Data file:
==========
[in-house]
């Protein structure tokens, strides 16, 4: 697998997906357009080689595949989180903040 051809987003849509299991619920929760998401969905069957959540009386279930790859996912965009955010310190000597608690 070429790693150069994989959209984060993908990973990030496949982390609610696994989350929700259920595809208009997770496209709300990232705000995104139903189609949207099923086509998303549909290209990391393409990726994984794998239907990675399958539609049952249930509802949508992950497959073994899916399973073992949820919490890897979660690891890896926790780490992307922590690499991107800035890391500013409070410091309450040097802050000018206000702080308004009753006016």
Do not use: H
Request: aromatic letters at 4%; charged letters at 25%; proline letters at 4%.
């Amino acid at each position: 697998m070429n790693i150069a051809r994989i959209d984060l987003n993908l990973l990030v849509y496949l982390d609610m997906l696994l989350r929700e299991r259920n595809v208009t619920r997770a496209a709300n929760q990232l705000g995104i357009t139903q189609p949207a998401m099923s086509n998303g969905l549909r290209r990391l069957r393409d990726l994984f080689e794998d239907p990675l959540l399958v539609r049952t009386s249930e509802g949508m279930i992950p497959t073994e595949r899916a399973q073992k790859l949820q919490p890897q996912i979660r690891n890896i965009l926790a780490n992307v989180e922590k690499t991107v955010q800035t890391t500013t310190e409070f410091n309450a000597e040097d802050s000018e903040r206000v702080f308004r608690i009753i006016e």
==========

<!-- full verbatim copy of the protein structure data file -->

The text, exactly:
[in-house]
């Protein structure tokens, strides 16, 4: 697998997906357009080689595949989180903040 051809987003849509299991619920929760998401969905069957959540009386279930790859996912965009955010310190000597608690 070429790693150069994989959209984060993908990973990030496949982390609610696994989350929700259920595809208009997770496209709300990232705000995104139903189609949207099923086509998303549909290209990391393409990726994984794998239907990675399958539609049952249930509802949508992950497959073994899916399973073992949820919490890897979660690891890896926790780490992307922590690499991107800035890391500013409070410091309450040097802050000018206000702080308004009753006016």
Do not use: H
Request: aromatic letters at 4%; charged letters at 25%; proline letters at 4%.
């Amino acid at each position: 697998m070429n790693i150069a051809r994989i959209d984060l987003n993908l990973l990030v849509y496949l982390d609610m997906l696994l989350r929700e299991r259920n595809v208009t619920r997770a496209a709300n929760q990232l705000g995104i357009t139903q189609p949207a998401m099923s086509n998303g969905l549909r290209r990391l069957r393409d990726l994984f080689e794998d239907p990675l959540l399958v539609r049952t009386s249930e509802g949508m279930i992950p497959t073994e595949r899916a399973q073992k790859l949820q919490p890897q996912i979660r690891n890896i965009l926790a780490n992307v989180e922590k690499t991107v955010q800035t890391t500013t310190e409070f410091n309450a000597e040097d802050s000018e903040r206000v702080f308004r608690i009753i006016e």